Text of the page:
The term HENRY (High Earners Not Rich Yet) refers to individuals who have the potential to become wealthy in the future because of their income. These individuals or families earn between $250,000 and $500,000 per year and are between 25 and 45 years of age (Gen Z, Millennials, and Gen X). Despite their income, after paying their living costs, taxes, and other expenditures, HENRYs have little left over to save and invest for their retirement. HENRYs are a demographic that politicians consider being ‘rich,’ referring to them as the wealthiest Americans during the 2008 elections. However, there’s more to the HENRY story.
The past 100 years have seen changes in how people plan for their financial futures and how they live. Borders no longer restrict people from living in one country; their profession often takes them to parts of the world they never anticipated. Today, it’s not uncommon for a family to live part-time in one country or become citizens of another country to work or have a business there. Living globally is a lifestyle that many high net worth families, and others, are choosing. Financial planning and living globally what are the risks?
A growing trend in global debt markets, Green Lending, continues to grow among American debt investors. Green Lending ties sustainability initiatives into loan products designed to entice and reward debtors who meet sustainability goals. The debtor’s sustainability goals are performance-based and include such things as lowering electricity and water usage, reducing landfill garbage, increasing recyclable raw materials in production, and initiatives to reduce their carbon emissions. Meeting these performance goals rewards the debtor with a reduction in the spread of their loan’s interest.
Over the past ten thousand years, the Earth’s climate has remained stable. Today, we know through science and research that climate change is happening. Many scientific organizations are studying the impact of climate change. While simultaneously economists are examining the socioeconomic implications in various regions of the world. Climate change is undoubtedly impacting finance and the economy in many areas. How much it will continue to reshape the global economy is unknown, but the financial sector is already shifting capital towards tackling climate change in many parts of the world.
Being debt-free is possible for everyone, regardless of income. Learning to manage our debt and spending habits and then focus on saving can be life-changing and positively affect your net worth. Net worth calculates by subtracting your liabilities (debt owed) from your assets (not financed). Net worth is calculated for both individuals and companies and is an accurate determination of how much someone, or something, is worth. In this article, we discuss how you can create a debt reduction plan for 2020.
Consistent growth in net worth is an indicator of good financial health. If liabilities grow faster than assets, or the value of assets drop, it indicates poor financial health and likely a negative net worth.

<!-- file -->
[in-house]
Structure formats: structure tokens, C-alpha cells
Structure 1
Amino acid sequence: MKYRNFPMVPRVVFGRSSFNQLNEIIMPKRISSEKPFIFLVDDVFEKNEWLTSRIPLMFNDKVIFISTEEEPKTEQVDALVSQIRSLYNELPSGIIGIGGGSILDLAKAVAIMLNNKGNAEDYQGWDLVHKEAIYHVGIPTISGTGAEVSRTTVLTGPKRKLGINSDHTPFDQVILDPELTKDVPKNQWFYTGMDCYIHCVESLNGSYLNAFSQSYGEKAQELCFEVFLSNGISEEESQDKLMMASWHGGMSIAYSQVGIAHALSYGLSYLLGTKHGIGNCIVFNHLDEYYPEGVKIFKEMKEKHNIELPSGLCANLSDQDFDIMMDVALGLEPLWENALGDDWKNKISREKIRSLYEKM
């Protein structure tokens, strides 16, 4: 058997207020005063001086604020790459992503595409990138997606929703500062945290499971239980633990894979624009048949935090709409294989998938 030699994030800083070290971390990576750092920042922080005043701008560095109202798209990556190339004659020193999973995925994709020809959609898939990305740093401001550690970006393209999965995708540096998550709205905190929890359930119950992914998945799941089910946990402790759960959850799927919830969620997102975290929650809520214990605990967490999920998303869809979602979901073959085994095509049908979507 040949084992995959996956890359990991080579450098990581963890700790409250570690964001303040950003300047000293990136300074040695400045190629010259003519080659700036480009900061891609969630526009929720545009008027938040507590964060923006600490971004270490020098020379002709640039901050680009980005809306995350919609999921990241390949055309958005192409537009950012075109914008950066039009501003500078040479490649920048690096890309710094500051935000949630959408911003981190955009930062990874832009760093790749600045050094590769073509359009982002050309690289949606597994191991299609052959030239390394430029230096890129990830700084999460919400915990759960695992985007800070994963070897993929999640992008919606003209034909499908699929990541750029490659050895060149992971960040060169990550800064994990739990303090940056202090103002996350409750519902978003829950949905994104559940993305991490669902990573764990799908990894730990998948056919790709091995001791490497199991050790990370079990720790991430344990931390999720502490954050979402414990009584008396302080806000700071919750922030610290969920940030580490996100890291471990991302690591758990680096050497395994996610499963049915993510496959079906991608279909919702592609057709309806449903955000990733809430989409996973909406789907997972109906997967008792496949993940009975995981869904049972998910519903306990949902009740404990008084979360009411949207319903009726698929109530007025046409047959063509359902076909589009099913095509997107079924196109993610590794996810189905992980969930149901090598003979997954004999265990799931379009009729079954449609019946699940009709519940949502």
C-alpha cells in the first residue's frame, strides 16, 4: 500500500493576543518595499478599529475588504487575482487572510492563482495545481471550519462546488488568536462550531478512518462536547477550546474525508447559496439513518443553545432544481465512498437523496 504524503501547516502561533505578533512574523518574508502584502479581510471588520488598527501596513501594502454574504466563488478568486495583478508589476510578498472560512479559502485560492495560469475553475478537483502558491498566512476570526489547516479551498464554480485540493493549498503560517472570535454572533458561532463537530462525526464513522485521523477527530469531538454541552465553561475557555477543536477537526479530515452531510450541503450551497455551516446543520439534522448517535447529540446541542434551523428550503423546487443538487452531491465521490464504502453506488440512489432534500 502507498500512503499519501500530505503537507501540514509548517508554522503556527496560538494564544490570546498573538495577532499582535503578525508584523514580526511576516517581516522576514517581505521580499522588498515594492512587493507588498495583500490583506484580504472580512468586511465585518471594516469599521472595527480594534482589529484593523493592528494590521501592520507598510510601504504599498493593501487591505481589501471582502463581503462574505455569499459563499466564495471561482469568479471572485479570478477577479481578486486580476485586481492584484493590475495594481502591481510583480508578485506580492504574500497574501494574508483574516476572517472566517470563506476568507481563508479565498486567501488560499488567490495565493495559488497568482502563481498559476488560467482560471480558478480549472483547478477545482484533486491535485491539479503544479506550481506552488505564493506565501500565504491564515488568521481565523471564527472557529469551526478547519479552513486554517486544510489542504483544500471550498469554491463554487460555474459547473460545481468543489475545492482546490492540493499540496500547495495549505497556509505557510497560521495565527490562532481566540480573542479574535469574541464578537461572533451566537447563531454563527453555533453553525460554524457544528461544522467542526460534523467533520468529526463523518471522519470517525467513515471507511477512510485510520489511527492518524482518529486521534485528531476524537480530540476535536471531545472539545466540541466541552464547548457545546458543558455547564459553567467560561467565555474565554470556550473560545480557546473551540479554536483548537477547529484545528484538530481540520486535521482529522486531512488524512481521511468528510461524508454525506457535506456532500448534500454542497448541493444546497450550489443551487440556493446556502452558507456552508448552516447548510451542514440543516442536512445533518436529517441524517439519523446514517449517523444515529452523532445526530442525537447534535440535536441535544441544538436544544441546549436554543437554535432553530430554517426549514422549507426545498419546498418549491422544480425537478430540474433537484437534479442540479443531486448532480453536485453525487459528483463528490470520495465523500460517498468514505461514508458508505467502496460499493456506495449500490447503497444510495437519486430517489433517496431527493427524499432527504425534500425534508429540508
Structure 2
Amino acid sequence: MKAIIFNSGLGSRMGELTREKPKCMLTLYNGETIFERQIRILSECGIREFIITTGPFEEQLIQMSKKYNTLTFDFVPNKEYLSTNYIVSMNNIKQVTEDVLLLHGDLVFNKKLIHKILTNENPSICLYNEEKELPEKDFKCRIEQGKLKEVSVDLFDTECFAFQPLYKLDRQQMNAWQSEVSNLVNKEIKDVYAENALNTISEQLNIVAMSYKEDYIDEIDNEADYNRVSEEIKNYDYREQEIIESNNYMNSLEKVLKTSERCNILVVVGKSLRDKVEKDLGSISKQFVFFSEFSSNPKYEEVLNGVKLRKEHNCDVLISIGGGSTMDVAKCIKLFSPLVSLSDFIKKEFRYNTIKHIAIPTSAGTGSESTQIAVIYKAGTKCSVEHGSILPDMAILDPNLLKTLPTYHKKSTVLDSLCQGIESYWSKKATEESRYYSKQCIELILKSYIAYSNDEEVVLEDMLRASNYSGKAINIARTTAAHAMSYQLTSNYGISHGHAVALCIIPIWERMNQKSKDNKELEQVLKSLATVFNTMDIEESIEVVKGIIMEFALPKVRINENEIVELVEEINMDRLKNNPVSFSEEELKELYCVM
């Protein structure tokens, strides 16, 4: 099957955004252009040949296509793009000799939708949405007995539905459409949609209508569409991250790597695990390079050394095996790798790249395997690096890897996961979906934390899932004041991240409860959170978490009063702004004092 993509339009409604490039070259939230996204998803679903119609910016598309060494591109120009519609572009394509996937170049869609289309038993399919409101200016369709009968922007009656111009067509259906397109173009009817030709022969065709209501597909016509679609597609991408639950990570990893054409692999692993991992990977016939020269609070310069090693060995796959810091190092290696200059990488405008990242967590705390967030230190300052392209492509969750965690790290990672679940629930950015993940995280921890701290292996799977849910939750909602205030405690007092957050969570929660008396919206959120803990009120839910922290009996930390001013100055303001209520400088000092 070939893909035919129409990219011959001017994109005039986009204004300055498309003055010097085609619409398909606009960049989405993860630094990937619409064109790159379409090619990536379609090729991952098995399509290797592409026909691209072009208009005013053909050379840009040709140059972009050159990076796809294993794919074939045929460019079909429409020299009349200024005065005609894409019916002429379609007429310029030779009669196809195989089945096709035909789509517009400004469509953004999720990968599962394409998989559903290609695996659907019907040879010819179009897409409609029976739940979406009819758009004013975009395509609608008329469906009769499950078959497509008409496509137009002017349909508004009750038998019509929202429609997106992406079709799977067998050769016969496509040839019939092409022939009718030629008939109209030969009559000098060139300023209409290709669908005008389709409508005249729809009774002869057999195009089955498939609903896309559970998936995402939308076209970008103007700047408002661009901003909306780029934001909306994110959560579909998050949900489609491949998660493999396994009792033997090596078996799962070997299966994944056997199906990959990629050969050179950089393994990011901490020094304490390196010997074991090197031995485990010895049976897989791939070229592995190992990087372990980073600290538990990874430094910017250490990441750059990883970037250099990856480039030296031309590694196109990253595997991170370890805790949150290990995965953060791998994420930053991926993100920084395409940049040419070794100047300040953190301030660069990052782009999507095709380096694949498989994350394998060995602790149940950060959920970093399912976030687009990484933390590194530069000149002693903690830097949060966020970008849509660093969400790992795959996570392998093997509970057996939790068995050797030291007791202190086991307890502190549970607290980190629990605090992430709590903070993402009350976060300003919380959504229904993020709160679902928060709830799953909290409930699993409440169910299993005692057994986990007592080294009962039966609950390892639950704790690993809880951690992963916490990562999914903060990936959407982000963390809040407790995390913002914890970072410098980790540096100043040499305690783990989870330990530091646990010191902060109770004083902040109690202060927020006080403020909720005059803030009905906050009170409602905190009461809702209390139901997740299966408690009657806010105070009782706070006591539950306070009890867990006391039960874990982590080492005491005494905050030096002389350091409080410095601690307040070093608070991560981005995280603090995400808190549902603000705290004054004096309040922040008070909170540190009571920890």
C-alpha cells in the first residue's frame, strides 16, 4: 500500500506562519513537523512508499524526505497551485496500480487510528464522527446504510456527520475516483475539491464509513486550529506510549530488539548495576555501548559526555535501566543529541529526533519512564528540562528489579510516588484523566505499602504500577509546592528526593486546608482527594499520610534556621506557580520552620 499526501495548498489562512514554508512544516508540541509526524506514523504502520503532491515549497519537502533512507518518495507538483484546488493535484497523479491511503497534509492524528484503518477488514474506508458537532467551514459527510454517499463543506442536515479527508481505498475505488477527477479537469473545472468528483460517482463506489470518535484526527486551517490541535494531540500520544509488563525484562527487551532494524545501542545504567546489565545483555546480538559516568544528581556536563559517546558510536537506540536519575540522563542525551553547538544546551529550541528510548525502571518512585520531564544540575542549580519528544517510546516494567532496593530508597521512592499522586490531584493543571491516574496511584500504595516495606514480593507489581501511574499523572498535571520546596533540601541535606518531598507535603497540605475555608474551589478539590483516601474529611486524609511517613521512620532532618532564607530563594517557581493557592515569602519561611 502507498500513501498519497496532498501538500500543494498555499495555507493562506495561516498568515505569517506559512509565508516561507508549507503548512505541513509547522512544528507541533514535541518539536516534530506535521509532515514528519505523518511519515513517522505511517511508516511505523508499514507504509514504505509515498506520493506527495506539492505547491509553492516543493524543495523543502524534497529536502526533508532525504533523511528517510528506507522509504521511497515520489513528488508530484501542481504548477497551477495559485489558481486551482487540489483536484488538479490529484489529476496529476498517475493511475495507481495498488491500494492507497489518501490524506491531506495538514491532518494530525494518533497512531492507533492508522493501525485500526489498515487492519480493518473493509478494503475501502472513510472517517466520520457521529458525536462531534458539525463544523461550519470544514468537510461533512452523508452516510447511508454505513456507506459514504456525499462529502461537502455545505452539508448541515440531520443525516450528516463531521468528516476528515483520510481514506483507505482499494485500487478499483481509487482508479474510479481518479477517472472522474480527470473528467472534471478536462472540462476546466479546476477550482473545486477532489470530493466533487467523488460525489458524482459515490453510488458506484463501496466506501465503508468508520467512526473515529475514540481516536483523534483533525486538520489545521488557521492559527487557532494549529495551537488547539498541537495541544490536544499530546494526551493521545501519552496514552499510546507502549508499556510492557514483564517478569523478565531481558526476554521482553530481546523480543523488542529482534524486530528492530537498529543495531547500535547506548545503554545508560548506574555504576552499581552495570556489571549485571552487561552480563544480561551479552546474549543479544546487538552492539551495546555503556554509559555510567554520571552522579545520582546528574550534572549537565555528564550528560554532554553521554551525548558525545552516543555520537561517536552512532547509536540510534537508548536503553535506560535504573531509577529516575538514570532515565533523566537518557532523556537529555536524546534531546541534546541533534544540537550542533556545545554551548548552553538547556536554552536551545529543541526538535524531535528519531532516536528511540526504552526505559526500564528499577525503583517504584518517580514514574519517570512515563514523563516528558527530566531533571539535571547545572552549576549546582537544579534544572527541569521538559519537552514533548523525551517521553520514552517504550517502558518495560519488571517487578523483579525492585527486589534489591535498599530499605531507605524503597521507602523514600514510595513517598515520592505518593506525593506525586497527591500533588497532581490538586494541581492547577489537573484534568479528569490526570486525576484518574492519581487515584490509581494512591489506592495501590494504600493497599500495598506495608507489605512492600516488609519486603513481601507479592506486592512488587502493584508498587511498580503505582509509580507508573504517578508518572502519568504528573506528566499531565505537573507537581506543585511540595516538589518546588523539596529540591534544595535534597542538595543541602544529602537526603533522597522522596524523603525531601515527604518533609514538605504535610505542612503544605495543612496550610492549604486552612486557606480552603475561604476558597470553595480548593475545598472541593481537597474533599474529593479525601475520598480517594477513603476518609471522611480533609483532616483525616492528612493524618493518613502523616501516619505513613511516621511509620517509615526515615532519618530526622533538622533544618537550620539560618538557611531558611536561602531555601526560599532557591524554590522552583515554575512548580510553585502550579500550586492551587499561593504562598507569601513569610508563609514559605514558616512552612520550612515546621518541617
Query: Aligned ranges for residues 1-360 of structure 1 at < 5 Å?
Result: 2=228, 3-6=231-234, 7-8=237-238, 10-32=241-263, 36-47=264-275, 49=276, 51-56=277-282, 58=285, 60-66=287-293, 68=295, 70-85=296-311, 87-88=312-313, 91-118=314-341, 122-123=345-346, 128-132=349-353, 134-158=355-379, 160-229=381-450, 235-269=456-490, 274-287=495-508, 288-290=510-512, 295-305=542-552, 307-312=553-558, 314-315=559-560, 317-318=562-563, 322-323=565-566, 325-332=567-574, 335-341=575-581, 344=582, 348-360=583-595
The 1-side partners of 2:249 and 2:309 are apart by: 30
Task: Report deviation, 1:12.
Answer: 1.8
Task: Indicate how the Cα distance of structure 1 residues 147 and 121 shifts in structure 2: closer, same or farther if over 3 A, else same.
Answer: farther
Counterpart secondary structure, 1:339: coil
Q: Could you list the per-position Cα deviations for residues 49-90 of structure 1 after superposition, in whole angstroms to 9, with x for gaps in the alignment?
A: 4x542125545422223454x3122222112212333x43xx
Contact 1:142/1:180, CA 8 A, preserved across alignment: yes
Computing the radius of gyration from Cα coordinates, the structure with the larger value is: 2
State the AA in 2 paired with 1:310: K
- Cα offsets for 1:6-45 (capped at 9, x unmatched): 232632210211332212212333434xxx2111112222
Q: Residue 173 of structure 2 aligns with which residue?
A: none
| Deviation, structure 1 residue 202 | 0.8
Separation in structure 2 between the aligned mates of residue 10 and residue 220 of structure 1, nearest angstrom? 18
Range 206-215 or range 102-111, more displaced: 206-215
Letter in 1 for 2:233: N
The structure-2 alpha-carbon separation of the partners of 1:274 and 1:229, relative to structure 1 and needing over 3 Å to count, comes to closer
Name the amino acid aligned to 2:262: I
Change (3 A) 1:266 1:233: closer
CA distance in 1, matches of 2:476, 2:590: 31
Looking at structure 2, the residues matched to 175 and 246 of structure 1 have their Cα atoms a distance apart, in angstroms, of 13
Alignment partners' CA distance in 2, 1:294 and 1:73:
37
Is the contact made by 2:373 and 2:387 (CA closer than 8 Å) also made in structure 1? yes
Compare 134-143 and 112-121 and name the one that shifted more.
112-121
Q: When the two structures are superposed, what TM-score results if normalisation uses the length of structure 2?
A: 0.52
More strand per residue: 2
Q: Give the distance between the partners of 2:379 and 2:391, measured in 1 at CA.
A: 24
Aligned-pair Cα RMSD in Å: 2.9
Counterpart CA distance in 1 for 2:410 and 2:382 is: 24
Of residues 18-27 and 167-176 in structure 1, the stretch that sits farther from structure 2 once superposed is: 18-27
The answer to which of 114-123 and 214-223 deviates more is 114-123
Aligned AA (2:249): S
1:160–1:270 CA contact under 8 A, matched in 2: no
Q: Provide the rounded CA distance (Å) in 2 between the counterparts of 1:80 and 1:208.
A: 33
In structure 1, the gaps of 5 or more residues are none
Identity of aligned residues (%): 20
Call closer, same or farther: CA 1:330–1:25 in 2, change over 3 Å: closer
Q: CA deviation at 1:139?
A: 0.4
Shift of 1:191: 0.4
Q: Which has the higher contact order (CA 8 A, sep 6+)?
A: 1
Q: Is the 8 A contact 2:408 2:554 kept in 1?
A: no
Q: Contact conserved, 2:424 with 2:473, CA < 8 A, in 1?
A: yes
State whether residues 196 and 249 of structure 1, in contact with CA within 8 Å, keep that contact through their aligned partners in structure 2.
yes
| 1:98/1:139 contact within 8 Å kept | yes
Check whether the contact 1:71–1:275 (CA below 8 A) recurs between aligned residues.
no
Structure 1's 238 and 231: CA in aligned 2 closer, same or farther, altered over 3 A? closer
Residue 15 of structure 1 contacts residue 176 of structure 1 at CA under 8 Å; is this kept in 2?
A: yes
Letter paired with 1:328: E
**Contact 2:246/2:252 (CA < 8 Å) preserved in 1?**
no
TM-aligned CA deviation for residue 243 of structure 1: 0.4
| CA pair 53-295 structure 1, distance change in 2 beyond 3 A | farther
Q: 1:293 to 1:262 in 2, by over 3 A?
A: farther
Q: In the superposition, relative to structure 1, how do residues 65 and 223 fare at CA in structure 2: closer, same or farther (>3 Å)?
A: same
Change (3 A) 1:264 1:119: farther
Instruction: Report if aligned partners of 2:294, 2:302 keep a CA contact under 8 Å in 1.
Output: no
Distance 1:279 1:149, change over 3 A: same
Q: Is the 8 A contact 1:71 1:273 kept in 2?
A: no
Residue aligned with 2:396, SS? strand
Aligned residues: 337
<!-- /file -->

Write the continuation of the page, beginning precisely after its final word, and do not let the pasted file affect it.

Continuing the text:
Many people decide to ‘semi-retire’ early and start taking their Social Security Retirement benefit at the earliest age possible. It’s appealing to be able to work part-time or where you have an interest. You may start a small business while making an income and receive Social Security retirement benefits. While early retirement and a part-time job may be of interest to you, it can affect your Social Security Retirement benefits if you aren’t full retirement age. Take the social security earnings test to learn more about your social security benefits.
With 2020 barely started, preparation for tax season is underway for many investors. Now in the second year of filing taxes under the Tax Cuts and Jobs Act of 2017 (TCJA), focusing your attention on deductions, you can use versus those that were eliminated will necessitate that you plan. The idea of TCJA was to increase the number of Americans who choose the standard deduction rather than itemizing. Here are a few standardized 2019 deductions you don’t want to miss:
Effective January 1, 2020, the SECURE Act, a progressive change to retirement savings plans, is now law. The last legislation to retirement savings happened when Congress allowed for the automatic enrollment of employees. Also the addition of Target Date funds to retirement plans in 2006.
While the new law intends to provide additional opportunities for Americans to save for retirement, other changes will affect both estate and retirement planning in these critical areas:
Many people refer to their retirement savings as a “retirement nest egg,” but in theory, it should be made up of many sources of retirement income-many eggs. Even if Social Security and a company retirement plan were their only retirement savings sources, likely they haven’t thought about their withdrawal strategy. It’s not as simple as just drawing down retirement income from one or two sources without a plan. Have the following been considered?